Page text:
Ilona Andrews you've already discovered ^^.

Katharine Kimbriel Ah -- I had wondered about that in the Singh books -- when you mean "main series" do you mean the one about Sara's friend and her abrupt transition? I saw a promo for that series, and I'm a bit torn -- frankly, the angels do not sound like nice people at all, they sound like Roman or Greek gods -- larger than life humans with powers, excessive chemical drives and the emotional maturity of 10-year-olds. Which may be insulting the 10-year-olds. The old absolute power corrupts biz. I also think I'd have issues with the entire power dimension there.

Unless that is Singh's point -- that all interactions for the average woman and the average man are like that, and women spend their time outwitting their men's worst excesses. That might be interesting....

So the Brook novels each are about different couples?

message 3: by Estara (new) - added it

Estara That comparison to a pantheon of Greek Gods is a good analogy. Also there are some frankly ridiculous technicalities (like the fact that making someone into an angel happens when an archangel explodes in sexual extasy (with a shower of sparkly bits off their feathers, which can also be used as a drug... eww). And the hero basically is fairly inhuman (as demanded by the plot) in his treatment of the heroine at first - in ways I find unforgivable.

The Brook Guardian series is... like a superhero team fighting against the villains, only that the superheroes are invested in their powers by Angels and the villains are demons and Lucifer (the vampires come into it because God made the angels who fought neither for nor against Heaven into Nosferatu, and then the Guardians found out that they could save Nosferatu victims by making them drink the Nosferatu blood, turning them into vampires).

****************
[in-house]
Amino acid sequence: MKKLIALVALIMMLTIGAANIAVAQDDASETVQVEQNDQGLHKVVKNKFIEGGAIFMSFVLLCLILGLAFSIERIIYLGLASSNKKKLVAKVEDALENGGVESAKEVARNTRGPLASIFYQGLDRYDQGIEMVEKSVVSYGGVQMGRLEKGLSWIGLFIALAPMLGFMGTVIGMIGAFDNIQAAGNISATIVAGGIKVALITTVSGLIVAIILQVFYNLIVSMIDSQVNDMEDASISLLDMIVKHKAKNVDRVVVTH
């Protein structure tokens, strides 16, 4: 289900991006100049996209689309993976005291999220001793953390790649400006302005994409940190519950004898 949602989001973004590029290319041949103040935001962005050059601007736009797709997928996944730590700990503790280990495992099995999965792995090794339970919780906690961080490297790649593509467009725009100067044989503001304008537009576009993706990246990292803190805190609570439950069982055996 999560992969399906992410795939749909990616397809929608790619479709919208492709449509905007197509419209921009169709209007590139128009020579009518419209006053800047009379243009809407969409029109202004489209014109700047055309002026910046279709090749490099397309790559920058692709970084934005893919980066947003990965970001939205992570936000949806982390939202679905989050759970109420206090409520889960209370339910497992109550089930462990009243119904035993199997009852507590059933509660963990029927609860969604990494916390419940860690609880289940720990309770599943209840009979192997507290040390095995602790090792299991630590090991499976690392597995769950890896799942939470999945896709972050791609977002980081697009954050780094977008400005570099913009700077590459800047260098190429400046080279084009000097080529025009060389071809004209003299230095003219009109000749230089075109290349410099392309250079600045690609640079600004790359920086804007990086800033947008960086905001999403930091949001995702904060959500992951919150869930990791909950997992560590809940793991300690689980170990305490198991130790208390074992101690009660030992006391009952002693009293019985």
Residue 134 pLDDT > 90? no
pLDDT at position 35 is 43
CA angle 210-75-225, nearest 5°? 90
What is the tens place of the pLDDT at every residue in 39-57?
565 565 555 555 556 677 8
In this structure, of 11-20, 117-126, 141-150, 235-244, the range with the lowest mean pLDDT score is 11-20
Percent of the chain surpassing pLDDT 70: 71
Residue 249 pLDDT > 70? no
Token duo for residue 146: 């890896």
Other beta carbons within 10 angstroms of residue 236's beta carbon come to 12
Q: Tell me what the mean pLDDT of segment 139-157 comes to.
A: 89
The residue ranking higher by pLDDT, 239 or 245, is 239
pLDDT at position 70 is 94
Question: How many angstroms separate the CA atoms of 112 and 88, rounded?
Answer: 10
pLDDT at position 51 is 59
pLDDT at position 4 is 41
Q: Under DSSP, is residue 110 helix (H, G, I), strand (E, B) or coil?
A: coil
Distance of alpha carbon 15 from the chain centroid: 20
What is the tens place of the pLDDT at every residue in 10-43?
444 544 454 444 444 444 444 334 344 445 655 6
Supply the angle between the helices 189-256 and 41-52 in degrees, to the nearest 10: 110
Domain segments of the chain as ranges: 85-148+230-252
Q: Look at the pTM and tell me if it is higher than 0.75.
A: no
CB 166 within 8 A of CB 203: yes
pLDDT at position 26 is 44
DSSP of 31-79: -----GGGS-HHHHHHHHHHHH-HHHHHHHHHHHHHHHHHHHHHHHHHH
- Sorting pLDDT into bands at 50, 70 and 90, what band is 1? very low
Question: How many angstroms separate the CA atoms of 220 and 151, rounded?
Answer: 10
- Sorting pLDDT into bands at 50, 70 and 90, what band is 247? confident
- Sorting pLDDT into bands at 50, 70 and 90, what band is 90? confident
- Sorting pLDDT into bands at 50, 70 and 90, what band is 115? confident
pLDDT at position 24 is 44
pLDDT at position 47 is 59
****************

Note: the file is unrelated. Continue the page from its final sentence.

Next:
The couple of the first novel are a fallen Guardian - now human - and a half-Demon trying to become human (and their story is told with flashbacks to 800 years before our time, but mostly plays nowadays).

One of my favourite couples is the sparkly vampire and the Indian computer geek girl, who is a sidekick in the first novel - she really kicks ass.

The powers the Guardians have, apart from general powers that all share, seem to depend on their personalities and so you get the superhero-team angle. They even have their own dimensional city called Coelum or Caelum... can't quite remember.

re: Psy/Changeling the power struggle also has a major plot in the background and she also concentrates on different couples each book but the world-building: the idea of psi-powered people, were-people and regular humans living and interacting in a shared world - that is in the back of all of them. We get a lot of cross-culture couples.